FIVE-DOOR FAVES

The pick of the bunch at about $28K shows why the seg­ment has plenty of life

Mercury (Hobart) - Motoring - - MOTORING - JOSHUA DOWL­ING

T here is a lot of hype around SUVs but hatch­backs are still our sec­ond most pop­u­lar choice of car — and these are three of the best.

Toy­ota has just re­leased a new ver­sion of the top-sell­ing Corolla so it’s time to get reac­quainted with the other class bench­marks, the Mazda3 and VW Golf.

To level the play­ing field we’ve cho­sen vari­ants that line up clos­est to the Corolla’s new higher starting price of $27,900 drive-away. All three tested cost within $500 of each other.

MAZDA3

Up­dated ear­lier this year, the range starts with the Neo Sport from $23,490 drive-away with auto. For Corolla money you can go two grades above that to the Tour­ing as tested, from $27,490 drive-away.

Alone in this trio it has leather seats, sen­sor key with push but­ton start, dual zone air­con­di­tion­ing, auto power-fold­ing side mir­rors and pad­dle-shifters on the steer­ing wheel.

It lacks smart­phone mir­ror­ing but a Mazda ac­ces­sory app will be avail­able later this year.

The seven-inch in­fo­tain­ment dis­play is smaller than the eight-inch touch­screens in the other two but has built-in nav­i­ga­tion and dig­i­tal ra­dio, both op­tional on the Corolla and Golf.

In ad­di­tion to a rear cam­era and sen­sors, stan­dard safety kit in­cludes blind spot warn­ing, rear cross traf­fic alert and, unique in this trio, front and rear au­tonomous emer­gency brak­ing.

It lacks radar cruise con­trol and lane­keep­ing as­sis­tance hard­ware (stan­dard on the Corolla, but the tech that’s sup­posed to read be­tween the lines is so hit and miss its ad­van­tage is lim­ited).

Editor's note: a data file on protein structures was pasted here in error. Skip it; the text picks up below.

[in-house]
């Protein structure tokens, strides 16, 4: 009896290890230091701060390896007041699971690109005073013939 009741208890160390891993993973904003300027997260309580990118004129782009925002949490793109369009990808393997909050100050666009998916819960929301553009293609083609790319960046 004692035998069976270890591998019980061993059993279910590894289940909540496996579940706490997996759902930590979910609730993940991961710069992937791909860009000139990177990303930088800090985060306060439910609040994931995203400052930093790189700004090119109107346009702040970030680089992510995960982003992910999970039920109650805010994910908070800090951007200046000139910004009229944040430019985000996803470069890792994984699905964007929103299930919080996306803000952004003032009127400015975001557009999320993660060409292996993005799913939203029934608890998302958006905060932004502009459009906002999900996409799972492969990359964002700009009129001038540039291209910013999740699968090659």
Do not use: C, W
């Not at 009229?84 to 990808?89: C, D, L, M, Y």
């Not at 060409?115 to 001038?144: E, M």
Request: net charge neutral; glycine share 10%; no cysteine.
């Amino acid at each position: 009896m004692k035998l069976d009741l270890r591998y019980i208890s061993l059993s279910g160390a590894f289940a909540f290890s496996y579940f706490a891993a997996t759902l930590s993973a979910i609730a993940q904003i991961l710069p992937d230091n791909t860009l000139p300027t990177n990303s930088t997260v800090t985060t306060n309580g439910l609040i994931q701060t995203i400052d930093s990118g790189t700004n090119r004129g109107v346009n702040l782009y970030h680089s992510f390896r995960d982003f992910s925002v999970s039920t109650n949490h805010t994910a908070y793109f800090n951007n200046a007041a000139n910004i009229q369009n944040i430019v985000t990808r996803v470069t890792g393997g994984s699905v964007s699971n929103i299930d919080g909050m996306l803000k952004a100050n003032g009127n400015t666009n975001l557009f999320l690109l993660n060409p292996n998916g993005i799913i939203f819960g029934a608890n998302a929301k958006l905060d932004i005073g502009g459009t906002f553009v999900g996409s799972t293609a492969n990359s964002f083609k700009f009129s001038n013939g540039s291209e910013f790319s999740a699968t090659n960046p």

The Mazda’s cabin is starting to look dated de­spite the ad­di­tion of chrome high­lights.

The in­stru­ment clus­ter is com­par­a­tively small and there’s no dig­i­tal speed dis­play.

How­ever, it comes with two USB ports to ac­com­pany a 12V power out­let and 3.5mm aux­il­iary socket. The oth­ers have one of each.

There is a slid­ing cover for the cen­tre con­sole and the au­dio con­trol di­als and but­tons nearby are eas­ier to use than sim­i­lar ar­range­ments in lux­ury cars.

Rear seat space is snug, with just a frac­tion of room be­tween oc­cu­pants’ knees and the pew in front — it’s only marginally bet­ter than the Corolla but there is room for toes un­der the front seats. Boot space is smaller than av­er­age but not as tiny as the Toy­ota’s cargo hold.

On the road the Mazda3 re­ally shines, with smooth, pre­cise and light steer­ing plus good road­hold­ing — and sus­pen­sion that doesn’t jar over bumps.

How­ever, the tyres are nois­ier than its peers on coarse-chip sur­faces, a Mazda trait.

The en­gine has the least zip but makes good use of avail­able power, es­pe­cially in the in­tu­itive sport mode or when us­ing the pad­dleshifters to ex­er­cise the six-speed auto.

VW GOLF

Sales of small cars are down but the resur­gent Golf, up­dated this time last year, is keep­ing newer ri­vals on their toes. The next model is due in 2020.

The line-up kicks off with the 110TSI Trend­line, from $27,990 drive-away with auto.

Stan­dard fare, not matched by the other two, in­cludes front and rear sen­sors, Ap­ple CarPlay and An­droid Auto, high-res­o­lu­tion eight-inch touch­screen, rear air vents and rear door pock­ets (the other two have only drink hold­ers).

It may not be the most mod­ern look­ing in­te­rior these days but it oozes qual­ity, from the glasslike high-res­o­lu­tion eight-inch touch­screen to the leather-trimmed steer­ing wheel and gear lever and large car­peted stor­age pock­ets in each door.

On the dash and doors there are soft-touch ma­te­ri­als and flashes of faux-metal trim, and there’s pad­ding on each door’s el­bow rests.

It’s the short­est car here bumper-to-bumper yet it has the roomi­est cabin and by far the big­gest cargo hold. Rear pas­sen­gers have a few cen­time­tres of ex­tra knee room.

The large win­dow area means out­ward vi­sion is good. Seven airbags and au­tonomous emer­gency brak­ing are stan­dard but radar cruise con­trol (with stop-start in traf­fic), blind zone warn­ing and rear cross traf­fic alert are part of a $1500 op­tion pack.

Still the bench­mark when it comes to ride and han­dling, the Golf soaks up bumps and thumps with aplomb. The steer­ing is di­rect with­out be­ing too sharp.

Its Con­ti­nen­tal tyres are qui­eter than the Mazda and Toy­ota rub­ber by some mar­gin.

Over­all, the Golf is a more re­laxed drive, pos­si­bly due in part to the en­gine not be­ing over­worked.

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